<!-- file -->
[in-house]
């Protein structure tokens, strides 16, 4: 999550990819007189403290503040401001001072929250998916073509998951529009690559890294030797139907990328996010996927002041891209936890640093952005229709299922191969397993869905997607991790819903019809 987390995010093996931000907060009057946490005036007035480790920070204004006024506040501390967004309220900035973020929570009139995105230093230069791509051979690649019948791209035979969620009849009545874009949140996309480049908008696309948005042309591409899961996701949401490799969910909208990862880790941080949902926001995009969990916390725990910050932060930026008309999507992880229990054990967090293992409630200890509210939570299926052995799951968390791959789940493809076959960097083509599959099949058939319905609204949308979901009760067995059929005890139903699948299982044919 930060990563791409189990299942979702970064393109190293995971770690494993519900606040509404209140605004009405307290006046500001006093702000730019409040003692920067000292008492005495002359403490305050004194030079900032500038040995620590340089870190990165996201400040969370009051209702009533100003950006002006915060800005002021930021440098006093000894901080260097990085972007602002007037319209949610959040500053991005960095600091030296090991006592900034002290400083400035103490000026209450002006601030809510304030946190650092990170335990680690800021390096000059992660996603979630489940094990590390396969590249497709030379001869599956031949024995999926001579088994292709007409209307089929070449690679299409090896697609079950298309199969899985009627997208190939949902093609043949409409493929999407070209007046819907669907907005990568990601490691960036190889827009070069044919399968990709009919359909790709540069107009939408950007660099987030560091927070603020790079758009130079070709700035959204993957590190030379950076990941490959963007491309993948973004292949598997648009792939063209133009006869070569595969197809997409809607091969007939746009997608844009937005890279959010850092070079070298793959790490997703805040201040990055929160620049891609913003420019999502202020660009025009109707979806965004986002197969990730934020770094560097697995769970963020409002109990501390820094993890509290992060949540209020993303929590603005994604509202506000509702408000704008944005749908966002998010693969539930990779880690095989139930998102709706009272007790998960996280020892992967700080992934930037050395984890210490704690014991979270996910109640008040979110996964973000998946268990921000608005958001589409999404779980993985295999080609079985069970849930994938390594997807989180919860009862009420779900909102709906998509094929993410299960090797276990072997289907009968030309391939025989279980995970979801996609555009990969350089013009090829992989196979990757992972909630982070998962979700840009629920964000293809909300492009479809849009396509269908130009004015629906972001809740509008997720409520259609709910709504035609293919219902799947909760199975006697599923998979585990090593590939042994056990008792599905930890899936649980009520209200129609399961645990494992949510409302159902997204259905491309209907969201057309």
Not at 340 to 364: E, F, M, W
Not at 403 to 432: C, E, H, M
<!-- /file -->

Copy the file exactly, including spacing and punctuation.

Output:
[in-house]
């Protein structure tokens, strides 16, 4: 999550990819007189403290503040401001001072929250998916073509998951529009690559890294030797139907990328996010996927002041891209936890640093952005229709299922191969397993869905997607991790819903019809 987390995010093996931000907060009057946490005036007035480790920070204004006024506040501390967004309220900035973020929570009139995105230093230069791509051979690649019948791209035979969620009849009545874009949140996309480049908008696309948005042309591409899961996701949401490799969910909208990862880790941080949902926001995009969990916390725990910050932060930026008309999507992880229990054990967090293992409630200890509210939570299926052995799951968390791959789940493809076959960097083509599959099949058939319905609204949308979901009760067995059929005890139903699948299982044919 930060990563791409189990299942979702970064393109190293995971770690494993519900606040509404209140605004009405307290006046500001006093702000730019409040003692920067000292008492005495002359403490305050004194030079900032500038040995620590340089870190990165996201400040969370009051209702009533100003950006002006915060800005002021930021440098006093000894901080260097990085972007602002007037319209949610959040500053991005960095600091030296090991006592900034002290400083400035103490000026209450002006601030809510304030946190650092990170335990680690800021390096000059992660996603979630489940094990590390396969590249497709030379001869599956031949024995999926001579088994292709007409209307089929070449690679299409090896697609079950298309199969899985009627997208190939949902093609043949409409493929999407070209007046819907669907907005990568990601490691960036190889827009070069044919399968990709009919359909790709540069107009939408950007660099987030560091927070603020790079758009130079070709700035959204993957590190030379950076990941490959963007491309993948973004292949598997648009792939063209133009006869070569595969197809997409809607091969007939746009997608844009937005890279959010850092070079070298793959790490997703805040201040990055929160620049891609913003420019999502202020660009025009109707979806965004986002197969990730934020770094560097697995769970963020409002109990501390820094993890509290992060949540209020993303929590603005994604509202506000509702408000704008944005749908966002998010693969539930990779880690095989139930998102709706009272007790998960996280020892992967700080992934930037050395984890210490704690014991979270996910109640008040979110996964973000998946268990921000608005958001589409999404779980993985295999080609079985069970849930994938390594997807989180919860009862009420779900909102709906998509094929993410299960090797276990072997289907009968030309391939025989279980995970979801996609555009990969350089013009090829992989196979990757992972909630982070998962979700840009629920964000293809909300492009479809849009396509269908130009004015629906972001809740509008997720409520259609709910709504035609293919219902799947909760199975006697599923998979585990090593590939042994056990008792599905930890899936649980009520209200129609399961645990494992949510409302159902997204259905491309209907969201057309």
Not at 340 to 364: E, F, M, W
Not at 403 to 432: C, E, H, M